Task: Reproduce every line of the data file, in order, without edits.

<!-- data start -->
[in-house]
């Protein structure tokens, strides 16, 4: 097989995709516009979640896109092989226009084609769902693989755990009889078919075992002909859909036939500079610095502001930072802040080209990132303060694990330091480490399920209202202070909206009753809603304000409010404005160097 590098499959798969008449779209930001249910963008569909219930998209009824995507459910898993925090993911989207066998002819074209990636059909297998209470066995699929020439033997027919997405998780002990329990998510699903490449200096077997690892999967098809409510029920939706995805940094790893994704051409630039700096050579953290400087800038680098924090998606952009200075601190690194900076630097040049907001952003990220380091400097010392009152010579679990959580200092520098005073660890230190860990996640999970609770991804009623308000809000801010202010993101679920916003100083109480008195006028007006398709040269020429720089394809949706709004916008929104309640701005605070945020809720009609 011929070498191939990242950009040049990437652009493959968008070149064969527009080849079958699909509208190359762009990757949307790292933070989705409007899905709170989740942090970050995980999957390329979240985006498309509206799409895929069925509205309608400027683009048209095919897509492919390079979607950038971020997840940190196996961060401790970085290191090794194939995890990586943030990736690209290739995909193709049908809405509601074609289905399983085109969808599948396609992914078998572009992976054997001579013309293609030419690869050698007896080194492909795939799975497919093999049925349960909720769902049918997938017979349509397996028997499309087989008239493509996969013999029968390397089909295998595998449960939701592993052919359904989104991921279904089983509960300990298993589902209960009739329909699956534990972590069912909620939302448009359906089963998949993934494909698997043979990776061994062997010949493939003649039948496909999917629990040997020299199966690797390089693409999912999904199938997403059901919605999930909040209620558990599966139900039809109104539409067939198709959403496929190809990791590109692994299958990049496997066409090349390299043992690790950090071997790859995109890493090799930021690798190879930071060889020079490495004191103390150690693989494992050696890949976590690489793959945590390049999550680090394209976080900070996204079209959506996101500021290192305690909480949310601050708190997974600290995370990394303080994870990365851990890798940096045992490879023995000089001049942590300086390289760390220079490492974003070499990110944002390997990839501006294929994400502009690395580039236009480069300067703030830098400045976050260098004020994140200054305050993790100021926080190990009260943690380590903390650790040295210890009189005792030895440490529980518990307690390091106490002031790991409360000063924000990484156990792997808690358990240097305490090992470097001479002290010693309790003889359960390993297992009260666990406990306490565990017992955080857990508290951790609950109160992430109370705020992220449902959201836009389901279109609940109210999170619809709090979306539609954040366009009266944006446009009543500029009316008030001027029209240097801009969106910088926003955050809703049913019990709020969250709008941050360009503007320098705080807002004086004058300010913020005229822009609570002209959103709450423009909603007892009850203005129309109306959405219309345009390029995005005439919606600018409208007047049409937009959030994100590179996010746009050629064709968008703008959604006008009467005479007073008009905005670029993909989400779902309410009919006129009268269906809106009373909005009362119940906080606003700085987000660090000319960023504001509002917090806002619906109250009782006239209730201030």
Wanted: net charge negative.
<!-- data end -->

[in-house]
């Protein structure tokens, strides 16, 4: 097989995709516009979640896109092989226009084609769902693989755990009889078919075992002909859909036939500079610095502001930072802040080209990132303060694990330091480490399920209202202070909206009753809603304000409010404005160097 590098499959798969008449779209930001249910963008569909219930998209009824995507459910898993925090993911989207066998002819074209990636059909297998209470066995699929020439033997027919997405998780002990329990998510699903490449200096077997690892999967098809409510029920939706995805940094790893994704051409630039700096050579953290400087800038680098924090998606952009200075601190690194900076630097040049907001952003990220380091400097010392009152010579679990959580200092520098005073660890230190860990996640999970609770991804009623308000809000801010202010993101679920916003100083109480008195006028007006398709040269020429720089394809949706709004916008929104309640701005605070945020809720009609 011929070498191939990242950009040049990437652009493959968008070149064969527009080849079958699909509208190359762009990757949307790292933070989705409007899905709170989740942090970050995980999957390329979240985006498309509206799409895929069925509205309608400027683009048209095919897509492919390079979607950038971020997840940190196996961060401790970085290191090794194939995890990586943030990736690209290739995909193709049908809405509601074609289905399983085109969808599948396609992914078998572009992976054997001579013309293609030419690869050698007896080194492909795939799975497919093999049925349960909720769902049918997938017979349509397996028997499309087989008239493509996969013999029968390397089909295998595998449960939701592993052919359904989104991921279904089983509960300990298993589902209960009739329909699956534990972590069912909620939302448009359906089963998949993934494909698997043979990776061994062997010949493939003649039948496909999917629990040997020299199966690797390089693409999912999904199938997403059901919605999930909040209620558990599966139900039809109104539409067939198709959403496929190809990791590109692994299958990049496997066409090349390299043992690790950090071997790859995109890493090799930021690798190879930071060889020079490495004191103390150690693989494992050696890949976590690489793959945590390049999550680090394209976080900070996204079209959506996101500021290192305690909480949310601050708190997974600290995370990394303080994870990365851990890798940096045992490879023995000089001049942590300086390289760390220079490492974003070499990110944002390997990839501006294929994400502009690395580039236009480069300067703030830098400045976050260098004020994140200054305050993790100021926080190990009260943690380590903390650790040295210890009189005792030895440490529980518990307690390091106490002031790991409360000063924000990484156990792997808690358990240097305490090992470097001479002290010693309790003889359960390993297992009260666990406990306490565990017992955080857990508290951790609950109160992430109370705020992220449902959201836009389901279109609940109210999170619809709090979306539609954040366009009266944006446009009543500029009316008030001027029209240097801009969106910088926003955050809703049913019990709020969250709008941050360009503007320098705080807002004086004058300010913020005229822009609570002209959103709450423009909603007892009850203005129309109306959405219309345009390029995005005439919606600018409208007047049409937009959030994100590179996010746009050629064709968008703008959604006008009467005479007073008009905005670029993909989400779902309410009919006129009268269906809106009373909005009362119940906080606003700085987000660090000319960023504001509002917090806002619906109250009782006239209730201030």
Wanted: net charge negative.